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Technician Fifth Grade Terrence David Cosgriff

  • Unit: 119th Anti-Aircraft Artillery Gun Battalion
  • Service Number: 39464280
  • Date of Birth: June 3, 1924
  • Entered the Military: April 12, 1943
  • Date of Death: August 1, 1944
  • Hometown: Spokane, Washington
  • Place of Death: near Avranches, France
  • Award(s): Purple Heart, French Croix de Guerre
  • Cemetery: Plot C, Row 15, Grave 8. Normandy American Cemetery, Colleville-sur-Mer, France
Contributed by Joseph Landoni
Mentored by Ms. Tricia Billes
Sequim High School

Early Life

Terrence David Cosgriff was born July 3, 1924 in Coleman, Alberta, Canada, to Jessie and Frank Cosgriff. The Cosgriff family had deep Irish roots.

Terrence’s father, Frank, worked various jobs within the mining industry, instilling a belief in the American dream in his children and taking them to Catholic mass every Sunday. Terrence spent most of his childhood in Kellogg, Idaho.

His 1942 draft card lists his residence as Gonzaga University in Spokane, Washington, but when he was drafted on April 12, 1943, he was living in Plumas, California.


The Pacific Northwest

The Pacific Northwest became an industrial hub during World War II. As men came to train in cities like Seattle, Portland, Boise, and Spokane, the area saw infrastructure improvements as well as a wave of new housing projects. Warships, bombers, tanks, transport, plutonium for the atomic bomb, wood products, and minerals were produced in Seattle’s air fields, shipyards, and laboratories, and from new mills in Spokane, Vancouver, and Tacoma.

Geographically strategic to the Pacific Theatre of Operations (PTO), Seattle was transformed by the war effort. In addition to industry, the University of Washington hosted military personnel and, along with Gonzaga University in Spokane, transformed educational departments into military machines.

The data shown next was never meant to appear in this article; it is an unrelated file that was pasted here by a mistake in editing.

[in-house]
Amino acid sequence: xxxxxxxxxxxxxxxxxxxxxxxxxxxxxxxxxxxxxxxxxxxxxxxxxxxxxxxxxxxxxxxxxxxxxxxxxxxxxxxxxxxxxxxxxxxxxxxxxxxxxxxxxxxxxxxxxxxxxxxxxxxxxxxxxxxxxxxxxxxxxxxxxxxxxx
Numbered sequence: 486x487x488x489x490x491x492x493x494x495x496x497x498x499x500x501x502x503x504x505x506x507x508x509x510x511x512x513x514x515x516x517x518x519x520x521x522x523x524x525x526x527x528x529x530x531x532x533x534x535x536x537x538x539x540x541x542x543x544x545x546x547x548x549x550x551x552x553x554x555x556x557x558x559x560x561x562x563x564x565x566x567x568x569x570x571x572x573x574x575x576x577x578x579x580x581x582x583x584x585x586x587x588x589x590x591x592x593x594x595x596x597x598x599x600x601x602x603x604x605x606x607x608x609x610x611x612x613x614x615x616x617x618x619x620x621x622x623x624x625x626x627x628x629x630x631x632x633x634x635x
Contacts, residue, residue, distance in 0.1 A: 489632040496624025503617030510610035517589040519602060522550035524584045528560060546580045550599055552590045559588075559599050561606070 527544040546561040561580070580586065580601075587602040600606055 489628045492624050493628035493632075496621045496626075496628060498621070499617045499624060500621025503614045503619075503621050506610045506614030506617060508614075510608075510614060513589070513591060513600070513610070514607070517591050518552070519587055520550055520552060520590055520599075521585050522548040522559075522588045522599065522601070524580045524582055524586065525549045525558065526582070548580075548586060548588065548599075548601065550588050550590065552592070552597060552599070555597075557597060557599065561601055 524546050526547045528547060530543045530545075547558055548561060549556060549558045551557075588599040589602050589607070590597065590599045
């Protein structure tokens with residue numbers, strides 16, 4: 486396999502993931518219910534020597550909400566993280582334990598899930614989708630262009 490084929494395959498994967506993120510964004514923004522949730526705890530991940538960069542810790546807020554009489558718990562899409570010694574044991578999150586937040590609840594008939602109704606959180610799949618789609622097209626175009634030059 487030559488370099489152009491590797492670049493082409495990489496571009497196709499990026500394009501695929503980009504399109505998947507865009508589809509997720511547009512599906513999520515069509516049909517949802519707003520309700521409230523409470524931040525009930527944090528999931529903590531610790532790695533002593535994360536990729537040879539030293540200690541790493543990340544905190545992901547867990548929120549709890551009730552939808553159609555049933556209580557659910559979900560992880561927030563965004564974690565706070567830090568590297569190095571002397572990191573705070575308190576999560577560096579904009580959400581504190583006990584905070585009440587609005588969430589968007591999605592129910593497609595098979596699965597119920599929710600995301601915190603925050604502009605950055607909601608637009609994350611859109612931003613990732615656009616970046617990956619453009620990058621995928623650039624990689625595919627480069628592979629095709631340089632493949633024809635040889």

Spokane County

Nearly 15,000 locals enlisted in World War II. Young men from all over the country came to train at Fort Wright, Felts Field, and the Geiger Army Air Corps Base. Farragut Naval Training Station was the biggest operation in the area. In fact, some 300,000 sailors took basic training at Farragut Station, just south of Sandpoint, Idaho, turning Spokane into its major hub for supplies. Farragut Naval Training Station was the second-largest training station in the world. Recruits learned skills like knot tying, first aid, and semaphore (using flags to give codes). This huge facility brought many economic opportunities to the Spokane area, including jobs and financial stability.

The Army Air Depot began operations at Geiger Field. This was perhaps the largest single industry in Spokane’s history; it employed 10,500 civilians and 7,000 military personnel during World War II. The chamber of commerce had been angling since 1937 for a military depot to boost Spokane’s economy. One repair hangar covered 12 acres. Fort George Wright became the Army Base Headquarters for the entire northwest, and Fairchild Airforce Base was developed. After the war the U.S. Army maintained an Air National Guard unit at Geiger Field and phased out its other operations.